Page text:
While Austin is amid an affordability crisis, Austin City Council is considering spending nearly $1 million for just 10 drinking fountains.

Last week, Austin Water Director Greg Meszaros released a memo detailing a new plan for 10 public drinking fountains downtown. Each station would include a fountain, bottle-filling station, and pet fountain. The city estimates the total cost for the project would be $700,000-$750,000.

On top of the cost to install the fountains, Meszaros said there’d be an annual cost of $63,000 to hire a full-time maintenance worker for the stations.

That’s right. A full-time employee to maintain 10 water fountains.

The city council’s pricey water plan comes in light of the council recently approving yet another tax increase, taking a record amount of money from citizens’ pockets. Compared to 11 years ago, the council is now taking 100 percent more from the median homeowner. The median city tax bill of $705 in 2008 is now over $1,400 today, and it is only going up.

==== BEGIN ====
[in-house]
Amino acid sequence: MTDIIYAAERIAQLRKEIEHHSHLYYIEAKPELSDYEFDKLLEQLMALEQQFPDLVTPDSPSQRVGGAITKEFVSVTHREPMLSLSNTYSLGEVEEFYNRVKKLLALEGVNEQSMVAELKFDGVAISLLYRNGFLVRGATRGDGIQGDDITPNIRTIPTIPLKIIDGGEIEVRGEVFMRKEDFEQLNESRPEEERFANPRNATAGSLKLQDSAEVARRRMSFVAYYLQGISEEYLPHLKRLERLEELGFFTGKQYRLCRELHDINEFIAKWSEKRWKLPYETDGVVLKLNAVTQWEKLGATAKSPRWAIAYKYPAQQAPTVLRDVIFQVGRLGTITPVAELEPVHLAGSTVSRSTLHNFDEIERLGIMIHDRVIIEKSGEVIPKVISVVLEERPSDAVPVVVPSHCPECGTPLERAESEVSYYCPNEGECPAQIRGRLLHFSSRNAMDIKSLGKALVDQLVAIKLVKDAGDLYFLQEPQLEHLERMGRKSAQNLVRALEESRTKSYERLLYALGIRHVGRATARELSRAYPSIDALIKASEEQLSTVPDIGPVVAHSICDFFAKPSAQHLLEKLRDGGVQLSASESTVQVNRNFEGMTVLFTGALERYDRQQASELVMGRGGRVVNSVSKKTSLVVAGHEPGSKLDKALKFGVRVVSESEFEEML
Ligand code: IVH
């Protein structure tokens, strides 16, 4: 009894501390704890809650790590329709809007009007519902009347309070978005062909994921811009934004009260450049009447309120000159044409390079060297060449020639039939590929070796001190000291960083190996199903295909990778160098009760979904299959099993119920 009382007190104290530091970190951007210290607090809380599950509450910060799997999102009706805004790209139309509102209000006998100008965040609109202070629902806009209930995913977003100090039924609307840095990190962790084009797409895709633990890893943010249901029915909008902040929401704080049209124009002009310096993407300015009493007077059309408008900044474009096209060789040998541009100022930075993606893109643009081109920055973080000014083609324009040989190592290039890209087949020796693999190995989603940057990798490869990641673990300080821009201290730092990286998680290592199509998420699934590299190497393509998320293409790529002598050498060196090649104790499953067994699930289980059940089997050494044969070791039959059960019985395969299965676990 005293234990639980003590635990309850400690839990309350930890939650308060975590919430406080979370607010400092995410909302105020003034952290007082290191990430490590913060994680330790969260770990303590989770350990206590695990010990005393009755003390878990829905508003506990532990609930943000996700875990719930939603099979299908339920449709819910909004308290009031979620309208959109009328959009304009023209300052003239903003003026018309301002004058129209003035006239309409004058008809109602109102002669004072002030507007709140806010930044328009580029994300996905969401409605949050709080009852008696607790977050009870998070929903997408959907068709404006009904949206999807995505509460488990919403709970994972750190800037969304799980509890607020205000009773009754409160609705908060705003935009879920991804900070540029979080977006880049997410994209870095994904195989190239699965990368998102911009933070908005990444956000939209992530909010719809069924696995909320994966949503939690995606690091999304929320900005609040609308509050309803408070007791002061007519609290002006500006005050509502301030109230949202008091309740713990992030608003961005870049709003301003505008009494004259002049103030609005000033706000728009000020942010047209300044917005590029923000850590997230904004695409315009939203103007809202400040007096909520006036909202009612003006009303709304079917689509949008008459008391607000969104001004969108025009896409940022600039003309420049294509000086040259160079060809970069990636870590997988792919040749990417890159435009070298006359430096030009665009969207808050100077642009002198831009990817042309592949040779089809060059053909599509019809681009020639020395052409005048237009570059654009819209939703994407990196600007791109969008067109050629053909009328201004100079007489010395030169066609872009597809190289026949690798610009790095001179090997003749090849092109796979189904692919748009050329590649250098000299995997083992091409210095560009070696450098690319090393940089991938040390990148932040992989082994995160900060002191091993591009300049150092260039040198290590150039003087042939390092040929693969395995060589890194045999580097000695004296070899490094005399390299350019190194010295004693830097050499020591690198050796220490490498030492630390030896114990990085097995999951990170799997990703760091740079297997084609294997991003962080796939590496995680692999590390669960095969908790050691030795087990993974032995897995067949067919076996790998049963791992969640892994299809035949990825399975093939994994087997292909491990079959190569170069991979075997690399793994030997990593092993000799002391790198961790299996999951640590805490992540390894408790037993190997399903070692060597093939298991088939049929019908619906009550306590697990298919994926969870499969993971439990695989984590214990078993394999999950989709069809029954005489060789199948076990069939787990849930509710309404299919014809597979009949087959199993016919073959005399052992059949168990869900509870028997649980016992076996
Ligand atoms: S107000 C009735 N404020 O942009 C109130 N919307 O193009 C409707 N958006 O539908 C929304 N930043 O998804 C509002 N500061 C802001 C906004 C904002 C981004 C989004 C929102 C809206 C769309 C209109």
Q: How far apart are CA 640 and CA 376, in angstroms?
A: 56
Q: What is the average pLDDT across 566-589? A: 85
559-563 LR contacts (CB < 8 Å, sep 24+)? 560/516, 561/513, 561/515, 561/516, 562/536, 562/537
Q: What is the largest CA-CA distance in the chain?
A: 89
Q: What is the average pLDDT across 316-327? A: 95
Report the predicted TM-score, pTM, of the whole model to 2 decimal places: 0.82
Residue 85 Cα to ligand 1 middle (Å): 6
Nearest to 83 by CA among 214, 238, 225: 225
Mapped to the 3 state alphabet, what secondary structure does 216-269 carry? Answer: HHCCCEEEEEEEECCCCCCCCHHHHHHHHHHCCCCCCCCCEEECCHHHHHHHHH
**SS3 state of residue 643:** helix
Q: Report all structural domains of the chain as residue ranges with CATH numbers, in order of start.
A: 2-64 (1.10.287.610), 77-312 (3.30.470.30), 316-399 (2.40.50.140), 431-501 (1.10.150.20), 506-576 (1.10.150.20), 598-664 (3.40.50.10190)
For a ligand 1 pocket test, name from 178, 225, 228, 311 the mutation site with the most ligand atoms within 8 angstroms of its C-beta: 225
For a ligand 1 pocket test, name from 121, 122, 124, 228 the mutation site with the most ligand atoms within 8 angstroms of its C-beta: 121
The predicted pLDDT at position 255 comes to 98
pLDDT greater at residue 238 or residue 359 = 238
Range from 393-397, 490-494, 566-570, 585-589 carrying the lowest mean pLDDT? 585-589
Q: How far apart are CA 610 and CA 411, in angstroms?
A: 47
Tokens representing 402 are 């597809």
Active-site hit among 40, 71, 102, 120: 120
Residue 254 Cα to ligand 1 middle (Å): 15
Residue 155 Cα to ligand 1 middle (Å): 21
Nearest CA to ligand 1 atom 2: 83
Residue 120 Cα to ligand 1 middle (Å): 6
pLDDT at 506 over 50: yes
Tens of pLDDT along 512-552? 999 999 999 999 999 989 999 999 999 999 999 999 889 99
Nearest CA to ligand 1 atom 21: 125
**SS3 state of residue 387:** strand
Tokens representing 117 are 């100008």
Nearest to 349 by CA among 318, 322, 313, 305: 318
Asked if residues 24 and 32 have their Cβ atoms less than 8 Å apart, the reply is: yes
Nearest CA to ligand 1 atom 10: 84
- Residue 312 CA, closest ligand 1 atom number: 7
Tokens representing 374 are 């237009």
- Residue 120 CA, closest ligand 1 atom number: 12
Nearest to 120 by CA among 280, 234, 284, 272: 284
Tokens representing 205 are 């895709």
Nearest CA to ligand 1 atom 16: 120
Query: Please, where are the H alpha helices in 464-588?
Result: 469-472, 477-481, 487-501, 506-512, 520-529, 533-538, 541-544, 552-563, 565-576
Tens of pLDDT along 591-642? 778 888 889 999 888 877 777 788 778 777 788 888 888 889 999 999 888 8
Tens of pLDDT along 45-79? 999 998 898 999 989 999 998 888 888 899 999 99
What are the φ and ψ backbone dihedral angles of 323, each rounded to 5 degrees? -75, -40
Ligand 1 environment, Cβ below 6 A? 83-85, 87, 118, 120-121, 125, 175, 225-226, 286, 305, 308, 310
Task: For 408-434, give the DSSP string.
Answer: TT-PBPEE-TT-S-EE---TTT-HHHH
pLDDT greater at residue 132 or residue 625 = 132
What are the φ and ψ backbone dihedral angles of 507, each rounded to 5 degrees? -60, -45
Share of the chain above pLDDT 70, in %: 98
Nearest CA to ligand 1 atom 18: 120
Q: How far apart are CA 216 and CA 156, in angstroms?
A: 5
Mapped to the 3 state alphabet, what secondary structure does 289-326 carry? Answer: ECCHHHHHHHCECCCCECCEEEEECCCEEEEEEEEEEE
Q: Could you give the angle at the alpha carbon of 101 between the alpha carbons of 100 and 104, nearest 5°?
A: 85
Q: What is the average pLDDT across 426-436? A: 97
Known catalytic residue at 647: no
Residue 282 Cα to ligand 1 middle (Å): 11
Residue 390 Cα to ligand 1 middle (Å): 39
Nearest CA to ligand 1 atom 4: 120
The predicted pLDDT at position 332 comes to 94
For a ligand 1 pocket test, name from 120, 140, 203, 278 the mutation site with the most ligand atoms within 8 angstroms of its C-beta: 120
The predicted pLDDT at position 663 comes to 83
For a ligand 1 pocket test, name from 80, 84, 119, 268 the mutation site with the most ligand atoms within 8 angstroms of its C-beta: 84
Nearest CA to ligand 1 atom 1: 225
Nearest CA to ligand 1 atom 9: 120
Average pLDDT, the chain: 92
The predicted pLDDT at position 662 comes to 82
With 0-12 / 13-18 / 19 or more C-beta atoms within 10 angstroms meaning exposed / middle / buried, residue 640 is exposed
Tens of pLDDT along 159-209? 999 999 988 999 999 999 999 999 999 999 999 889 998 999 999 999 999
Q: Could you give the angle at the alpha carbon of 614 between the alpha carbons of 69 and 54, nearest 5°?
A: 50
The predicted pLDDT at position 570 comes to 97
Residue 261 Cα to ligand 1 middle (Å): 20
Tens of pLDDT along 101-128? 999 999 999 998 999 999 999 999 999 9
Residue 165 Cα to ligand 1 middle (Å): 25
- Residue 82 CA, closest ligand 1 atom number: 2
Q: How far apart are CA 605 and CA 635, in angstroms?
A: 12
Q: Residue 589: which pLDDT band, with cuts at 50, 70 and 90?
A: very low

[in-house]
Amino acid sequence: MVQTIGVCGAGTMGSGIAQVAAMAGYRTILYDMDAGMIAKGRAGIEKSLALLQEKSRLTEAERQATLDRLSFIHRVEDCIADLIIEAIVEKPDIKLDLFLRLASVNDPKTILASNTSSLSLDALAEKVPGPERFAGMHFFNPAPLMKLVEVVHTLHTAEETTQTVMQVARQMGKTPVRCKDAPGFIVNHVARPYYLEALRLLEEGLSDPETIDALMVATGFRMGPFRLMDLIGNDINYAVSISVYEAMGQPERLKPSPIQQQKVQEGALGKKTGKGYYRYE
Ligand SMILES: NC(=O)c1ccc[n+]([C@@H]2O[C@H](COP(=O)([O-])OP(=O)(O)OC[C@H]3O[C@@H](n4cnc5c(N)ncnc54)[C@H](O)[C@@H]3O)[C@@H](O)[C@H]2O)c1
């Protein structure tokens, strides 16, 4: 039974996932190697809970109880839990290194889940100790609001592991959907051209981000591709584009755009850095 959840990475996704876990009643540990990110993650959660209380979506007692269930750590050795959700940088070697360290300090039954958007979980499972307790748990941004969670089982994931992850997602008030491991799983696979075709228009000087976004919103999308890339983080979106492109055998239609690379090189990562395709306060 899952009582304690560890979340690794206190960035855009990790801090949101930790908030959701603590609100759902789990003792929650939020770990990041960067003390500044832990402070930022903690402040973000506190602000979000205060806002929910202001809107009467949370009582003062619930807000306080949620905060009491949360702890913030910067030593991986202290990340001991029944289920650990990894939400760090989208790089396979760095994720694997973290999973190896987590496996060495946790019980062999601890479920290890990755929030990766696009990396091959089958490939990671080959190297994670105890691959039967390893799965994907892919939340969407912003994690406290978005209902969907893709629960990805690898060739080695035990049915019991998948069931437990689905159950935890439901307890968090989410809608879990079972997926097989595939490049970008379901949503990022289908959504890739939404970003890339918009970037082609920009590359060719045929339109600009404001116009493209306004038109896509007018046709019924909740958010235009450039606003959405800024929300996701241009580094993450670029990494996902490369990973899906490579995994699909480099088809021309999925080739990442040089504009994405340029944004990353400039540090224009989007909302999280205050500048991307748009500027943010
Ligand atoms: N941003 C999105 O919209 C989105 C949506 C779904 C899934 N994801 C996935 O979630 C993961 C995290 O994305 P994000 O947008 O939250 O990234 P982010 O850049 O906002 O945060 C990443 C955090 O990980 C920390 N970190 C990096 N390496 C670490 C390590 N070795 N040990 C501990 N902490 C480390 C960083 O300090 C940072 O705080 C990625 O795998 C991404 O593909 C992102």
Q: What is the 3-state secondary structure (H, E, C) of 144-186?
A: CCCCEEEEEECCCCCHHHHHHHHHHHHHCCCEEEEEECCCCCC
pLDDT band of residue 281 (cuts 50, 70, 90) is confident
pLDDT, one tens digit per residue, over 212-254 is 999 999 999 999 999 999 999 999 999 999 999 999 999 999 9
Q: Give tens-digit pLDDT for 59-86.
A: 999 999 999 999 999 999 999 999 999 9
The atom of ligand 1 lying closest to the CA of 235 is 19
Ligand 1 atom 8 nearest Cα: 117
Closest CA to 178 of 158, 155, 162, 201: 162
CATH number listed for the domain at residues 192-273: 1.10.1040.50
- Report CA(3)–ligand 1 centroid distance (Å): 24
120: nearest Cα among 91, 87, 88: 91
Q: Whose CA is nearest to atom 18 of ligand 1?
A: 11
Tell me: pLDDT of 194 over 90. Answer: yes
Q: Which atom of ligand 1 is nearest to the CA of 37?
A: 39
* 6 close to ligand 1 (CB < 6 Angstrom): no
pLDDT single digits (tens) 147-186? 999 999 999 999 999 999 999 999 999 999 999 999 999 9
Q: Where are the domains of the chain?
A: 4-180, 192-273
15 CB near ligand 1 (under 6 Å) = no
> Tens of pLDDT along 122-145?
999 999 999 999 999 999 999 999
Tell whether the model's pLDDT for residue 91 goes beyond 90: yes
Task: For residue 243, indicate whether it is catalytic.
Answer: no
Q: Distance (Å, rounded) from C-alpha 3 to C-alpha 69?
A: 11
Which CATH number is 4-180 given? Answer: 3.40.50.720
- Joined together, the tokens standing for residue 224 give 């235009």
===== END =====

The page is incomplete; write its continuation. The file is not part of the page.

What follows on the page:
In addition to taking more money from Austinites, the council has spent it in countless questionable ways: $115,000 to clean one public toilet, $450,000 on two public toilets, millions given away to citizens who simply emailed the city asking for cash, $140 million on a flawed tunnel, and nearly $1 billion over the past several years on an ill-advised biomass power plant that produced energy for only six months (the whole project has since been shut down because it was such an expensive disaster).

As far as the price tag for the new drinking fountains, Austinites will have to contact their council members before they make their latest spending decision.

“I think [the fountains] are going to be one of the things that we’re going to love,” one Austinite told KVUE News, “But that price tag … it’s just so hard to justify.”

Jacob Asmussen

Jacob Asmussen is a Senior Journalist for Texas Scorecard. He attended the University of Mary Hardin-Baylor and in 2017 earned a double major in public relations and piano performance.


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